Isometric Alternate Arm Tricep Kickback
This combination isometric and unilateral approach to tricep kickbacks is a powerful finisher for any upper body workout.
- Stand in a bent over row position, with feet shoulder-width apart, knees slightly bent, and hips hinged back. Your torso should be parallel to the floor.
- Grab two light dumbbells and extend your arms until they are parallel with the floor and aligned with your body. Pause and squeeze.
- Hold your left arm in this position. With your right arm, perform full tricep kickbacks, bending your elbow until you reach a 90-degree angle while keeping the dumbbell close to your body and extending back to full extension. Repeat five times while keeping your left arm in an isometric hold.
- When you’ve completed five reps on the right side, hold the right arm fully extended in an isometric hold. Repeat the kickbacks on the left.
Try to complete all the sets of this exercise without releasing the other arm. This is a great movement for a descending latter, dropping one rep per side each time. Proper form is everything with this exercise, and light weights are best.
Offset Grip Dumbbell Skull Crusher
- Lie on a bench with two dumbbells held in an overhand grip with palms facing each other. Your pinkies should be touching the inside of the upper dumbbell cap. Your hands should be shoulder-width apart.
- Stretch your arms overhead with a soft elbow. Keep your elbows tucked and upper arms static as you lower the dumbbells toward your head until you reach a 90-degree bend. At this point, the dumbbells should be slightly past the top of your head (don’t aim for your forehead!)
- Pause and squeeze the triceps before reversing the movement back to the starting position.
You’ll notice that the upward motion feels harder with your hands closer to the top rather than centered. This small shift makes a big difference, so start lighter than you typically would with traditional skull crushers.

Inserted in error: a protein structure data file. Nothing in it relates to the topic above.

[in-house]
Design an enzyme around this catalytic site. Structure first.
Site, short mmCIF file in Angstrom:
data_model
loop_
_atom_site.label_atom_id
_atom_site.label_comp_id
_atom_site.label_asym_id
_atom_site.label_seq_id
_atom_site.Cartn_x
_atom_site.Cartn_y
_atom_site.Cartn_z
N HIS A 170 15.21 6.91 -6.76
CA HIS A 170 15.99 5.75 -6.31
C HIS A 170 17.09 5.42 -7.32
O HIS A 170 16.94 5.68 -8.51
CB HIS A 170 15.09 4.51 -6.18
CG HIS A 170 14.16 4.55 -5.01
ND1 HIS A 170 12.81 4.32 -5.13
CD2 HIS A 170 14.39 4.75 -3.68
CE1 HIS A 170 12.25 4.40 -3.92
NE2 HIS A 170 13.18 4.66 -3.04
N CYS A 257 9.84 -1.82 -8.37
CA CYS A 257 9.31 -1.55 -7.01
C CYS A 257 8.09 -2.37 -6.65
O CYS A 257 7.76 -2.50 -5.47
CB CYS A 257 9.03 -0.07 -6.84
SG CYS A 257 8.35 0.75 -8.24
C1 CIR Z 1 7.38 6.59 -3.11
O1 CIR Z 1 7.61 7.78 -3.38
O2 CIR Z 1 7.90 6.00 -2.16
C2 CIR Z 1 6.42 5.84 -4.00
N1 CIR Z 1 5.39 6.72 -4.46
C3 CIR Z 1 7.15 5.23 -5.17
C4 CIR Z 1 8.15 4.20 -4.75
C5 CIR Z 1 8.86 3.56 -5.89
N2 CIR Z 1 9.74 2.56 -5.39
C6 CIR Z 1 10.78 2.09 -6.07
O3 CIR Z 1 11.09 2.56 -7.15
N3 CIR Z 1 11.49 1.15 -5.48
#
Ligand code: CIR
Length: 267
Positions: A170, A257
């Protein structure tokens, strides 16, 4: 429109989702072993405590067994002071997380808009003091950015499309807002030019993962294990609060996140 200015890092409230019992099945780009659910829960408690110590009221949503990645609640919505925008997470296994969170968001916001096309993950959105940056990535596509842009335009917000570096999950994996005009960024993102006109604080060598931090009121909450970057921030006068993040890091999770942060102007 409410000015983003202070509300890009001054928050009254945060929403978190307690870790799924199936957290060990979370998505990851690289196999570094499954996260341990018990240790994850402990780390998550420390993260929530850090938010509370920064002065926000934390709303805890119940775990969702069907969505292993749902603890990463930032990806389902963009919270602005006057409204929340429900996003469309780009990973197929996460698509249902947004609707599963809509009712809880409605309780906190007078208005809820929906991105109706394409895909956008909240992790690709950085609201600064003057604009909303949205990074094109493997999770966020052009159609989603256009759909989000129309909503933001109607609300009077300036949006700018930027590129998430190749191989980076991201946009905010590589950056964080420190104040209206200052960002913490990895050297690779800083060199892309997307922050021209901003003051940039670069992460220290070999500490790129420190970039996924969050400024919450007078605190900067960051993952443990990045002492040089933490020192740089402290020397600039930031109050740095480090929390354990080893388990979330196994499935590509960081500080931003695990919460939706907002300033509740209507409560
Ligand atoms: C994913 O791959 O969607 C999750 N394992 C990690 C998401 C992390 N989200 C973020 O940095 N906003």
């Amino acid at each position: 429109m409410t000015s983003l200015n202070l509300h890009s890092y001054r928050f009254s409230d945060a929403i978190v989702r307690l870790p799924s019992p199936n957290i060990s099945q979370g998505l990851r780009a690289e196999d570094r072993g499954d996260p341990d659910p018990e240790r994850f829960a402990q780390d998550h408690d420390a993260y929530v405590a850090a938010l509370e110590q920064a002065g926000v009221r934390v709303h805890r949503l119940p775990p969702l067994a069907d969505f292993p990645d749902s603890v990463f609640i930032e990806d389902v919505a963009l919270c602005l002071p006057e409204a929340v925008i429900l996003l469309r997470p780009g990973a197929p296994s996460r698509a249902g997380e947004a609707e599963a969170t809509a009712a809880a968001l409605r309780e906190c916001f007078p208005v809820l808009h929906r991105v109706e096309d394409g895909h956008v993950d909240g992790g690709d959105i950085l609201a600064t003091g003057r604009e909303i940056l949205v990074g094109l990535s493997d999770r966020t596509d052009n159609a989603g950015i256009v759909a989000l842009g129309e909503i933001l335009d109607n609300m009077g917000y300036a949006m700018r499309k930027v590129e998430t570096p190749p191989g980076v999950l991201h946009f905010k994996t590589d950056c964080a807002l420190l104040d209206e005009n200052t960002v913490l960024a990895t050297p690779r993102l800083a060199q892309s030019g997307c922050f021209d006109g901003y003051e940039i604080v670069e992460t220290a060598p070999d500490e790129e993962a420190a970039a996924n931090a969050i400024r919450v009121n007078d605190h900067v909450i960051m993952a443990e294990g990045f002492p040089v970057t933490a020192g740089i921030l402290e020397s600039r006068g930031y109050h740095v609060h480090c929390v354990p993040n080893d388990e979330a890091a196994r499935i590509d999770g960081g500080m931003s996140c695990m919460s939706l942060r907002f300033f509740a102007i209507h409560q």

Overhead Tricep Rope Extensions
- Position the high pulley so that you can reach overhead while facing away from the cable machine. Stand in a split stance with feet approximately hip-width for stability.
- Reach backward overhead and grip the rope with palms facing each other. The index finger of your leading hand should be touching the pinky finger of your back hand.
- Lean forward slightly, keeping your elbows upright. Brace your core, extend your arms, and pull the rope overhead.
- When your elbows are fully extended, pause and squeeze, then reverse the movement to return to your starting position.
You may need to adjust your stance for stability, as arm length and body type will play a role in how this exercise feels.
Tricep Programming Considerations
Most athletes and bodybuilders prefer to work the triceps after targeting the major muscle groups on their upper body days. Think of it this way: you’ll be able to tire out your triceps after an intense benching session, but if you wear them out beforehand, your bench will suffer.
It’s also common practice to pair biceps and triceps together for accessory training. As your triceps are supporting muscles, you can hit them more than once per week as long as you allow adequate rest in between.
They may seem like an afterthought, but target tricep exercises can help improve your muscle mass, overall strength, and the quality of your complex lifts. Add these six tricep workouts to your training plan, keep your elbows tucked, and prepare to be amazed.